One, the RMS Olympic, enjoyed a long and fruitful career, from 1911 to 1935, before being scrapped.
The other, the RMS Britannic, had a decidedly shorter stint above the waves, sinking on this date in 1916. The Britannic, completed in 1915, never made a single passenger voyage, thanks to the Great War.
Instead, she was pressed into service in late 1915 as a hospital ship, ferrying nurses and other medical staff to the east, and bringing wounded back from the disastrous Gallipoli campaign.
The Britannic was on her sixth voyage into the Mediterranean Sea on Nov. 21, 1916, when, while steaming at full speed off the Greek island of Kea, she either struck a mine or was hit by a German torpedo. To this day, it’s still unclear what prompted the Britannic’s sinking.
The ship’s captain, White Star veteran Charles Bartlett, reacted quickly and coolly, ordering the watertight doors closed and directing that a distress call be sent out immediately. He also ordered the crew to uncover the boats and that the ship’s siren sound the general alarm.
While Bartlett, did many things right, he did make one crucial mistake.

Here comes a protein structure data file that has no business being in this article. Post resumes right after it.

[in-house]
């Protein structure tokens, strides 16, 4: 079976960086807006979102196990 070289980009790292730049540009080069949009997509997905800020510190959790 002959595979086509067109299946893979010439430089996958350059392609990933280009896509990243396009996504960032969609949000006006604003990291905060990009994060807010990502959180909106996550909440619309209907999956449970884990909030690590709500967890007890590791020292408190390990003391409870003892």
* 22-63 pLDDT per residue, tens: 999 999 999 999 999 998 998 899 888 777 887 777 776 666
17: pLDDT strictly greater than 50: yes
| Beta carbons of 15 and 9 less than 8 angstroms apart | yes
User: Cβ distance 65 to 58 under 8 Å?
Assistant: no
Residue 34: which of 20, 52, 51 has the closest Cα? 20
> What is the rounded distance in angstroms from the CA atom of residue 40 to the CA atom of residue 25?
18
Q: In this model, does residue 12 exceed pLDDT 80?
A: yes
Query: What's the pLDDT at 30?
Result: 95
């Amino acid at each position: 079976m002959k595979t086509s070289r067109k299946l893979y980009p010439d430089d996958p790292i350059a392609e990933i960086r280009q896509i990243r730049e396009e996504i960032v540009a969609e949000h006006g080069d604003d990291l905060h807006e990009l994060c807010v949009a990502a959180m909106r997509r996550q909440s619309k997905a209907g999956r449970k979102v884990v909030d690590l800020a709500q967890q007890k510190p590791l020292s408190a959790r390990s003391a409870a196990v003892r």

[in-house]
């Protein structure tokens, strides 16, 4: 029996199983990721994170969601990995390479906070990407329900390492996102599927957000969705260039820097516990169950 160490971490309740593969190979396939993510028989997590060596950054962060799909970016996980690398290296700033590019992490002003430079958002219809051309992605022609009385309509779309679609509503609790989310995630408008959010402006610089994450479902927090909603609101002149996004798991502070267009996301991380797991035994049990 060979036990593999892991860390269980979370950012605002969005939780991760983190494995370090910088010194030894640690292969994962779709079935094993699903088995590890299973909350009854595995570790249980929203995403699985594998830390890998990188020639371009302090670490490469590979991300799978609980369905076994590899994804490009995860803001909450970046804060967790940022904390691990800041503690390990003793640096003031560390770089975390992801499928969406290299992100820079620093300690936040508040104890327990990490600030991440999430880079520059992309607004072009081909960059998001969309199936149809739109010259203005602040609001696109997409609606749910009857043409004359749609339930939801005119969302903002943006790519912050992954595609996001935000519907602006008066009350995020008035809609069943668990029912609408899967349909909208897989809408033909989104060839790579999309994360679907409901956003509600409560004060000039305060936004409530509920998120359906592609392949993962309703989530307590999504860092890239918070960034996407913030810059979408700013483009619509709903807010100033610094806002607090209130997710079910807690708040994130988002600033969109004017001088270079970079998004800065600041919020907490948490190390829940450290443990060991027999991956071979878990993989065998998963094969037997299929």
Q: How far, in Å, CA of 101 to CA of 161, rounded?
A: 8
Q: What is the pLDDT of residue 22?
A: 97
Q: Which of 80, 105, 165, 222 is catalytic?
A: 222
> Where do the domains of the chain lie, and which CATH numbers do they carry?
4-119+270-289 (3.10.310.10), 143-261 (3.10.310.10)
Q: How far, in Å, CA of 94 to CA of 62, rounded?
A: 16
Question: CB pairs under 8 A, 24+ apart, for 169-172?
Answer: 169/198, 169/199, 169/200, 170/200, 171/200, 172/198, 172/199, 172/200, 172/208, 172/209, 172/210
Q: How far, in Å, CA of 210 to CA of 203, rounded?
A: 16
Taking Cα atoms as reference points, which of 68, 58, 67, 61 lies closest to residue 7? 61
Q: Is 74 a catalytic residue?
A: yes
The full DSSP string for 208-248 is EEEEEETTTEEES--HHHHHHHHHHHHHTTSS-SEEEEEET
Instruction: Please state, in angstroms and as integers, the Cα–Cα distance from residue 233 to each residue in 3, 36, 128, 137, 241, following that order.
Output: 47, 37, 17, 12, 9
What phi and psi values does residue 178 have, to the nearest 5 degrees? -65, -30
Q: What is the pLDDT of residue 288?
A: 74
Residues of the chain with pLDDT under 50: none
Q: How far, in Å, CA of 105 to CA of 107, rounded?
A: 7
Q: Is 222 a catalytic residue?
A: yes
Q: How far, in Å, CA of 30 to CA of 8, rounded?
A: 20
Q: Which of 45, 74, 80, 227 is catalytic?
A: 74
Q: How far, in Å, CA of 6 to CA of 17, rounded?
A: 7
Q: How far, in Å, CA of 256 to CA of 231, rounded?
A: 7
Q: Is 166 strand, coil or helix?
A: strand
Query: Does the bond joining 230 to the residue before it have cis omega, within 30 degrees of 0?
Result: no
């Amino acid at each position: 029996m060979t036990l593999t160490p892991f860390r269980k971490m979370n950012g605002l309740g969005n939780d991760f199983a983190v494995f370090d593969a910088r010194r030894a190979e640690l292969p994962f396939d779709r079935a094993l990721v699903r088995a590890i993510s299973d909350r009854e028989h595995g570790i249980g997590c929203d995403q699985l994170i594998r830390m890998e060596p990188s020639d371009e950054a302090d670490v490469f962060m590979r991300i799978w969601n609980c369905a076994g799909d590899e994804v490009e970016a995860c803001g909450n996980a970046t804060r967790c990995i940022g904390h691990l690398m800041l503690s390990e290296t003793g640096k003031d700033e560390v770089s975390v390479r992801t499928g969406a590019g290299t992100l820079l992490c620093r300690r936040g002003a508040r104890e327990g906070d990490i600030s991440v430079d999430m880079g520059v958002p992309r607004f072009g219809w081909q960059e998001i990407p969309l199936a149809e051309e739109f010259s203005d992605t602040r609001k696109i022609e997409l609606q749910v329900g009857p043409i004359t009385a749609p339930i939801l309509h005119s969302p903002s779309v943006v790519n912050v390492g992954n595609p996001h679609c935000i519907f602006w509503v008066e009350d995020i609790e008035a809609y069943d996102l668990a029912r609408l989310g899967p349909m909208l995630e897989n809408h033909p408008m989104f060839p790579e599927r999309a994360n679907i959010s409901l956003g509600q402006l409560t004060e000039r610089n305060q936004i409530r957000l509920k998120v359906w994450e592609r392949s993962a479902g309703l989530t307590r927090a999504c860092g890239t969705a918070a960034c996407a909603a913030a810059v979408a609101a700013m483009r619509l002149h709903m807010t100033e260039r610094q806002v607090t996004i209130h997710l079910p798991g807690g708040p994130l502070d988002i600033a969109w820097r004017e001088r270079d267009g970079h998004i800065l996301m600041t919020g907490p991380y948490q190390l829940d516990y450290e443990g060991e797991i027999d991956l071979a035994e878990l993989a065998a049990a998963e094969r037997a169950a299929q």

After it became apparent his ship was in serious trouble, he turned the vessel toward the island of Kea, “lying tantalizingly close to his position, and ordered the engines full ahead,” according to a report by PBS. “He desperately hoped to ground the Britannic in its shallows, but only succeeded in accelerating the flooding of the forward compartments, increasing the ship’s list.”
In the end, the 53,000-ton ship sank in less than an hour.
A Presbyterian chaplain on board, Rev. John A. Fleming, got away in the second-to-last lifeboat. He described the Britannic’s death throes with an almost poetic flair:
Gradually the waters licked up and up the decks – the furnaces belching forth volumes of smoke, as if the great engines were in their last death agony; one by one the monster funnels melted away as wax before a flame, and crashed upon the decks, till the waters rushed down; then report after report rang over the sea, telling of the explosions of the boilers. The waters moved over the deck still, the bows of the ship dipping deeper and deeper into the sea, until the rudder stood straight up from the surface of the water, and, poised thus for a few moments, dived perpendicularly into the depths, leaving hardly a ripple behind.
Of the 1,066 people on board, only 30 died. It was a remarkable contrast to what had occurred when the Titanic went down, taking more than 1,500 individuals with her less than five years earlier.
Warmer temperatures, more lifeboats and the fact that rescue ships were much closer all contributed to the greatly reduced number of casualties.
The Britannic was the largest ship lost during the First World War and is believed to be the largest ship on the sea floor to this day.
(Above: The White Star Line’s Britannic seen in an undated photo.)